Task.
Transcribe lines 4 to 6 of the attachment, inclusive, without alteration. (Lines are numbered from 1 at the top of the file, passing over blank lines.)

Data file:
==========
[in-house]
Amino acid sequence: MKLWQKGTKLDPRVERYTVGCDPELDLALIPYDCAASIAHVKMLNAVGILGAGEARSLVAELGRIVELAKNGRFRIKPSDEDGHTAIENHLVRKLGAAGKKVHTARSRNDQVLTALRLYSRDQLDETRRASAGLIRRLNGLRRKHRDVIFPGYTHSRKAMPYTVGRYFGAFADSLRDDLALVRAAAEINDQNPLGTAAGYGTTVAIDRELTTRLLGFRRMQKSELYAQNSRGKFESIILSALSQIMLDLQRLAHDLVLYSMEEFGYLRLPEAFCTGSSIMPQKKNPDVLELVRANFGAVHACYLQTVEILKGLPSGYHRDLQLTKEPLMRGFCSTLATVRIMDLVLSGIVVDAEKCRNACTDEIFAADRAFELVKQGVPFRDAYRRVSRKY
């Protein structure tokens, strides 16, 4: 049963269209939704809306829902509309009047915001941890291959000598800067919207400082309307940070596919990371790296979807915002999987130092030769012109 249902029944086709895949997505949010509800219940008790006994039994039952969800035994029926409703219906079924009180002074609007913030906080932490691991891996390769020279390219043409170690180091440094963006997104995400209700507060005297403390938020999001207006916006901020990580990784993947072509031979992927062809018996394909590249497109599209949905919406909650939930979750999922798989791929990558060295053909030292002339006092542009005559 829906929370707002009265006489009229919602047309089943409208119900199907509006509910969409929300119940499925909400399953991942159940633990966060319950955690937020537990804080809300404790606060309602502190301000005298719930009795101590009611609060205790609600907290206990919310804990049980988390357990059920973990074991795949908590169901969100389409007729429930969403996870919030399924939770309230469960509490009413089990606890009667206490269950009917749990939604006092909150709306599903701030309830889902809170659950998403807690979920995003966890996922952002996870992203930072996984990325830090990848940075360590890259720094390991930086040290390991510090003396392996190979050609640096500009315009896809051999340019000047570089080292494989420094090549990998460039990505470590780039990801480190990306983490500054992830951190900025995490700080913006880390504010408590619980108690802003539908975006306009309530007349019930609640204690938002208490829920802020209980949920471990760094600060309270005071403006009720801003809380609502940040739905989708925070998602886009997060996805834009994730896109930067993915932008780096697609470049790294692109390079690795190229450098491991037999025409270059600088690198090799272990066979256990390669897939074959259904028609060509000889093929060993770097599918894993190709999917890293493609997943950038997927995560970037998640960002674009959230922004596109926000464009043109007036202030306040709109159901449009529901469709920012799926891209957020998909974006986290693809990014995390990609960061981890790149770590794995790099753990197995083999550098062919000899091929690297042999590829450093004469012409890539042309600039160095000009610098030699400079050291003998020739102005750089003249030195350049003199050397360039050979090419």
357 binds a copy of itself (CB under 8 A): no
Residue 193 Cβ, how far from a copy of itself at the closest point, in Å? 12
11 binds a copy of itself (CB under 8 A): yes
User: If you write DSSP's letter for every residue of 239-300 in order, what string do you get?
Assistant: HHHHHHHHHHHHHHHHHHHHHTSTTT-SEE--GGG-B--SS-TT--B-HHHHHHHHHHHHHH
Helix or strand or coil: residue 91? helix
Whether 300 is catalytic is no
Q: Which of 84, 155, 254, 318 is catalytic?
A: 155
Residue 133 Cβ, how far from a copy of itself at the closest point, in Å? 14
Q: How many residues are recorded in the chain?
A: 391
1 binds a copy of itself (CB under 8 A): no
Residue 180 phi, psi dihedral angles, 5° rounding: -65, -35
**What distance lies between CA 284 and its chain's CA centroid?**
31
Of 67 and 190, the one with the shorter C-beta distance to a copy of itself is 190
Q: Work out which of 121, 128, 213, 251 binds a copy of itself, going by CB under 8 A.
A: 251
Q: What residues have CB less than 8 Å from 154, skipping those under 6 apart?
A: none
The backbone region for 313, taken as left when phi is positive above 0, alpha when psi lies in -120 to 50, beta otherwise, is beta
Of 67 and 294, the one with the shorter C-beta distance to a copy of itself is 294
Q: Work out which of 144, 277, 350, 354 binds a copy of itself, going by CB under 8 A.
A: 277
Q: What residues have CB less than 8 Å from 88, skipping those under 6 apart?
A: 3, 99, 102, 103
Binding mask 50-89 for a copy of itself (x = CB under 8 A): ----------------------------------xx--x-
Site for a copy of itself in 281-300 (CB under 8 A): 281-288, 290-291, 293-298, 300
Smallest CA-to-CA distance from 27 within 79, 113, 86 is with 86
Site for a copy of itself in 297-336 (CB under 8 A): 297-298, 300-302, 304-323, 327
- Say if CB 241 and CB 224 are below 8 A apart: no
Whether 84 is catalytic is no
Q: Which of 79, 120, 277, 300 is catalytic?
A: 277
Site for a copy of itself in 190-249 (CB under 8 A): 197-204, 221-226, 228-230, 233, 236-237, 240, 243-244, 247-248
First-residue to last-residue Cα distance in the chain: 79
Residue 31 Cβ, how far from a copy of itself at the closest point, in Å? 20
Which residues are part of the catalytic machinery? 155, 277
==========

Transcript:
357 binds a copy of itself (CB under 8 A): no
Residue 193 Cβ, how far from a copy of itself at the closest point, in Å? 12
11 binds a copy of itself (CB under 8 A): yes